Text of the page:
Log24

Saturday, March 2, 2019

Fashion Story

Filed under: General — m759 @ 10:47 PM

A death last Sunday —

Meanwhile . . .

Amy Adams attends the 2019 Vanity Fair Oscar Party 
at Wallis Annenberg Center for the Performing Arts on
Sunday, February 24, 2019, in Beverly Hills, California.

"Here was finality indeed, and cleavage!

             — Under the Volcano

Monday, August 13, 2012

Something Between

Filed under: General — m759 @ 6:07 PM

"I am a skeptic to whom the idea that a benign God 
created us and watches over us is something between
a fairy story and a bad joke." 

— The late art critic Robert Hughes in Things I Didn't Know*

A followup to this afternoon's previous Amy Adams post—

"Here was finality indeed, and cleavage!" 

             — Under the Volcano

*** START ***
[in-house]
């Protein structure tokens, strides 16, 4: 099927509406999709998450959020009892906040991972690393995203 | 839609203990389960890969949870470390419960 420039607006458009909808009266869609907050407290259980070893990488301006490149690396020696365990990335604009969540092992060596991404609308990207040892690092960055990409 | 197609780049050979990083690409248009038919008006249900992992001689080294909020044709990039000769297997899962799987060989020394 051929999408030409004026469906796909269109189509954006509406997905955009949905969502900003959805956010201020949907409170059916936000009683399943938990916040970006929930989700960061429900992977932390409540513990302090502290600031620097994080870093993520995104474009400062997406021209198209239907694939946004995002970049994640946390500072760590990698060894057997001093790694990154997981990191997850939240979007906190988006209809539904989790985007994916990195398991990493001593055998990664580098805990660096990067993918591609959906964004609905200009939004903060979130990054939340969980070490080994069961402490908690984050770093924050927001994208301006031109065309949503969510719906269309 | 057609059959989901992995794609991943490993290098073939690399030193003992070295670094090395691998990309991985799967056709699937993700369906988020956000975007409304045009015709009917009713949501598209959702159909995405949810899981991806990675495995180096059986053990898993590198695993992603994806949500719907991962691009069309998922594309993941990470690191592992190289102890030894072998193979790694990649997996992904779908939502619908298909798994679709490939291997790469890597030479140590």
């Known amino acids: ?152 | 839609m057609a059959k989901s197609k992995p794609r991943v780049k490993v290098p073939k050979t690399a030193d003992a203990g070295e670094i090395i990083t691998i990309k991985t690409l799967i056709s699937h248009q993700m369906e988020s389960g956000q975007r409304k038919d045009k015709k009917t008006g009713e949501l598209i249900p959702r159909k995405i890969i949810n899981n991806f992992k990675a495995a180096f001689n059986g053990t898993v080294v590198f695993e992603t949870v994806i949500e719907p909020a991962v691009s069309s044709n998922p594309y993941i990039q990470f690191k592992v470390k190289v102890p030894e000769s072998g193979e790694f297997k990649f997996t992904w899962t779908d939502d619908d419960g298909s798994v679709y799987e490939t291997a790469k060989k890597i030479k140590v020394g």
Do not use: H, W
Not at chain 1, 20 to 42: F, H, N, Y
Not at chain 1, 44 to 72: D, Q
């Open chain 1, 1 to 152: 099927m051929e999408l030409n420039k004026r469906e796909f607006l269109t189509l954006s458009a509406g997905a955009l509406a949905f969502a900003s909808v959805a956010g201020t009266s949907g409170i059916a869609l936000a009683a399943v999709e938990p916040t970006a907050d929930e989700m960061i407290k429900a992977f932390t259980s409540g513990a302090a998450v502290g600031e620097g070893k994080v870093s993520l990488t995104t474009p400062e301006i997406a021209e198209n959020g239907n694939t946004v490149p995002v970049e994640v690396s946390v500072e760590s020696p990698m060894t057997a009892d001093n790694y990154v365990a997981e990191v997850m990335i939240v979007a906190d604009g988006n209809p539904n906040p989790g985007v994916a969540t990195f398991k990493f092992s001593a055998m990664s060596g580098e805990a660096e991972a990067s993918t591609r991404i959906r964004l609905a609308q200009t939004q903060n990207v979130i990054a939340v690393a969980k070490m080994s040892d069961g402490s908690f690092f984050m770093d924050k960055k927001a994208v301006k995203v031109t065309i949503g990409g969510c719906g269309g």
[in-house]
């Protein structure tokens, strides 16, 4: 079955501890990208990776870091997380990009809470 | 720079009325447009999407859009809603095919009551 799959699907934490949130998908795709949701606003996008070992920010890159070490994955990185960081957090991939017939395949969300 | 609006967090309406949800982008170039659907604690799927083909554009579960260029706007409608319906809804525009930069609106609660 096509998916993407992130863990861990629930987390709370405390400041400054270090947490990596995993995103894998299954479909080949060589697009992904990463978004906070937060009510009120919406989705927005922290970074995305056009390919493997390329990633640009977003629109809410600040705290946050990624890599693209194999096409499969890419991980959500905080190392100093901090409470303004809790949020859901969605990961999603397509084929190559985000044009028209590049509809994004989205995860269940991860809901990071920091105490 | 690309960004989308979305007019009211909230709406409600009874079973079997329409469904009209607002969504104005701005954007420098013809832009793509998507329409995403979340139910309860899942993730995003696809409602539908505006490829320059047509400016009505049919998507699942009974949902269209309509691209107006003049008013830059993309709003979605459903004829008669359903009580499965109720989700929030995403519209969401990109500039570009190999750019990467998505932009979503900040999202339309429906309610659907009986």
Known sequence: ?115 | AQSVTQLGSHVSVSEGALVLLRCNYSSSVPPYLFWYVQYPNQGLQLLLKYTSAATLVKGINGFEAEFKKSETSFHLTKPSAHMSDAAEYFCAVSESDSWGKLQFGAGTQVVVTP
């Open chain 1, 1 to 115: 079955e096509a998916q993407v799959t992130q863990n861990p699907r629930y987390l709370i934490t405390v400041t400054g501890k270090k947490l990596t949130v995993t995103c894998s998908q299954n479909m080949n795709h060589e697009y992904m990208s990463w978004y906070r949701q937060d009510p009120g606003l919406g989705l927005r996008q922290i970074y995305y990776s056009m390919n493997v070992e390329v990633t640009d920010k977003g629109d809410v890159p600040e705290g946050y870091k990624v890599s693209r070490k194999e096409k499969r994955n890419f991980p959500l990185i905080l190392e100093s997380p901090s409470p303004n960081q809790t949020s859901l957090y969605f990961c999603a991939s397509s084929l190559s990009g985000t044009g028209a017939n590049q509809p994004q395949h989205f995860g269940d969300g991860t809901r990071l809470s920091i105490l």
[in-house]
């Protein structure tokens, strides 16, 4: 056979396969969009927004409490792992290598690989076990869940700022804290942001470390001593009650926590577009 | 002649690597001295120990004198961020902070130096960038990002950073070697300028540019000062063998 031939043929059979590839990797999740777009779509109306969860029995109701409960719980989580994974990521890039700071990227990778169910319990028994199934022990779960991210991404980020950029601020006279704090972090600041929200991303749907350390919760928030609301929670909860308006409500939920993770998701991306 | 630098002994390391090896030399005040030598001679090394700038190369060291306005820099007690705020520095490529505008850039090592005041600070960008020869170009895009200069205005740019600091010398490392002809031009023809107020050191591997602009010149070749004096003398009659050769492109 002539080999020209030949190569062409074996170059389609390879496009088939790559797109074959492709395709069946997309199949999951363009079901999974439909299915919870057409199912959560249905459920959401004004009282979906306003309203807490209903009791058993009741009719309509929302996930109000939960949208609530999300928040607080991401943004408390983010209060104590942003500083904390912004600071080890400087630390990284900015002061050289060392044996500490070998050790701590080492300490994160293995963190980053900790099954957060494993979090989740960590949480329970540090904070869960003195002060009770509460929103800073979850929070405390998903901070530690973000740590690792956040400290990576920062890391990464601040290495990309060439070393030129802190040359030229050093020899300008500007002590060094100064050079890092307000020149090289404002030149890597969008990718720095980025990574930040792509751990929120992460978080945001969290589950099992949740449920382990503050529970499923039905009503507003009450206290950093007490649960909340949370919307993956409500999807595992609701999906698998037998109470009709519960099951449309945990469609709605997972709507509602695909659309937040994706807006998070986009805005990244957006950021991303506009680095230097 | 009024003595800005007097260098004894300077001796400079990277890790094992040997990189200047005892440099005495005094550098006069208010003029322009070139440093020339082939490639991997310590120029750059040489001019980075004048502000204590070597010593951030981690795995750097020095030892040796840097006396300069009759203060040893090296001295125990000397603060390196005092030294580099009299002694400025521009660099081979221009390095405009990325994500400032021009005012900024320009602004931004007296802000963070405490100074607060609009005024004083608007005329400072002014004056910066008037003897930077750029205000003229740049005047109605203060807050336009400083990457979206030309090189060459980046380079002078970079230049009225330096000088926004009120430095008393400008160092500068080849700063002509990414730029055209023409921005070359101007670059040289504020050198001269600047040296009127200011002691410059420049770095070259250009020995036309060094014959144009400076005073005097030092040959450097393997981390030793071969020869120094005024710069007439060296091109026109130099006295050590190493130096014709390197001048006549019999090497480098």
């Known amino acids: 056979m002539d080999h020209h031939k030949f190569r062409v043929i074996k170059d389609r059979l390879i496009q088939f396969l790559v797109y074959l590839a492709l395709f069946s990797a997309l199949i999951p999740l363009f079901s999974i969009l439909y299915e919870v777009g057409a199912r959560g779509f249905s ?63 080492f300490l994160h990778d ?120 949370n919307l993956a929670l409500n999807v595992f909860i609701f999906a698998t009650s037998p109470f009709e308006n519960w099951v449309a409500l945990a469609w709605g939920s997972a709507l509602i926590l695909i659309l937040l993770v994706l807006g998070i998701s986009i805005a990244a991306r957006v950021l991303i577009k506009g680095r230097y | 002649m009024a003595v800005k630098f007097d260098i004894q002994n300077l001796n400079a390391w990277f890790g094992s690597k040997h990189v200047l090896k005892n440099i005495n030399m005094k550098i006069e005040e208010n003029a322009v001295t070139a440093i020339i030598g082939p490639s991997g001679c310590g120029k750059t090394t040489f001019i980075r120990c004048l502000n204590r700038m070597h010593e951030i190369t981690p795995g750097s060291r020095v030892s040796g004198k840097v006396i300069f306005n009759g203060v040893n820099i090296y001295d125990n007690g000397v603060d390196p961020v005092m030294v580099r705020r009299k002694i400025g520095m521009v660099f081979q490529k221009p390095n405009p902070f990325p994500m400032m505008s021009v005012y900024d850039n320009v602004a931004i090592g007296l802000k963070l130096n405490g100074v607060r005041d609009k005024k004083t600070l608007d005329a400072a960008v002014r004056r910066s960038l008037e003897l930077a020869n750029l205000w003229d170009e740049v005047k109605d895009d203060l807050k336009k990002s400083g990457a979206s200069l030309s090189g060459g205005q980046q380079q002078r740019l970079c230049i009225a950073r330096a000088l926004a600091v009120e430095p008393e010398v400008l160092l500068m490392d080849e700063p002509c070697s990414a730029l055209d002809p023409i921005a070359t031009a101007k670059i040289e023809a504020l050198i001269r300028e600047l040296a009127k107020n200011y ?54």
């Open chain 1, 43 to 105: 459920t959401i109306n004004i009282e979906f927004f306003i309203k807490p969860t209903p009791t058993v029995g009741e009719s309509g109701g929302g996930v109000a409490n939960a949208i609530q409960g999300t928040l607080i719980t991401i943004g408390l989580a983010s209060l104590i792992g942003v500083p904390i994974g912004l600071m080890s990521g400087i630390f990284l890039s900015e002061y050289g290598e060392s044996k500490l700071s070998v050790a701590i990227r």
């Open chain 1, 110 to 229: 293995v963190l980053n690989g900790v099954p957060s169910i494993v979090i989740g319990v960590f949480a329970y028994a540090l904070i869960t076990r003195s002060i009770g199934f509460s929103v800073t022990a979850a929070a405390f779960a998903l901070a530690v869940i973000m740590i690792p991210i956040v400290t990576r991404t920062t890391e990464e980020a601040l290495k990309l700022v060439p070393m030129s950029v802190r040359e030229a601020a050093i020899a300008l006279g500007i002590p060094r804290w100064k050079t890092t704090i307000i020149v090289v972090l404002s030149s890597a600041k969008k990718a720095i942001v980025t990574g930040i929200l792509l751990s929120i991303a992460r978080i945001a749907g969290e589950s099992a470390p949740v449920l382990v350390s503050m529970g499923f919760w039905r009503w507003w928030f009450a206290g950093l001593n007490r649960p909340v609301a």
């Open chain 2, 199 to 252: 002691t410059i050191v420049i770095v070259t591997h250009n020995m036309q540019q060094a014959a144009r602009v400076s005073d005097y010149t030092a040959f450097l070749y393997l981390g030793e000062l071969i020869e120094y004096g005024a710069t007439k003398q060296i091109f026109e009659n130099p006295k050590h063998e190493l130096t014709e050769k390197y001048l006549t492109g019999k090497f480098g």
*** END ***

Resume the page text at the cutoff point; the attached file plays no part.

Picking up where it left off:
* Vintage paperback, December 2007, page 7

Tuesday, December 22, 2015

Boulevard of Broken Punchlines

Filed under: General — m759 @ 11:00 AM

Continues.

On 'Bridesmaids' as a film about an out-of-work pastry chef

   "Here was finality indeed, and cleavage!" — Under the Volcano

Tuesday, May 5, 2015

Harvard Cinco de Mayo

Filed under: General — Tags: , — m759 @ 1:00 PM

… And Some Not So Live —

"Here was finality indeed, and cleavage!" — Under the Volcano

Sunday, January 6, 2013

True Fury

Filed under: General — m759 @ 6:29 AM

For the Feast of Epiphany:

A trip back to December 1955

IMAGE- Cowboy magi and star on cover of TRUE, Dec. 1955 IMAGE- Gloria Pall on back cover of FURY, Dec. 1955

Meditations for Three Kings Day (Feast of Epiphany)—

"Show me all  the blueprints." — Leonardo DiCaprio as Howard Hughes

"The Tesseract is where it belongs: out of our reach." — Samuel L. Jackson as Nick Fury

"Here was finality indeed, and cleavage!" — Malcolm Lowry's Under the Volcano  (1947)

Click images for some background.

Tuesday, January 4, 2011

Star Quality

Filed under: General — m759 @ 7:00 PM

A search in memory of Gerry Rafferty,
a talented singer-songwriter who died today at 63.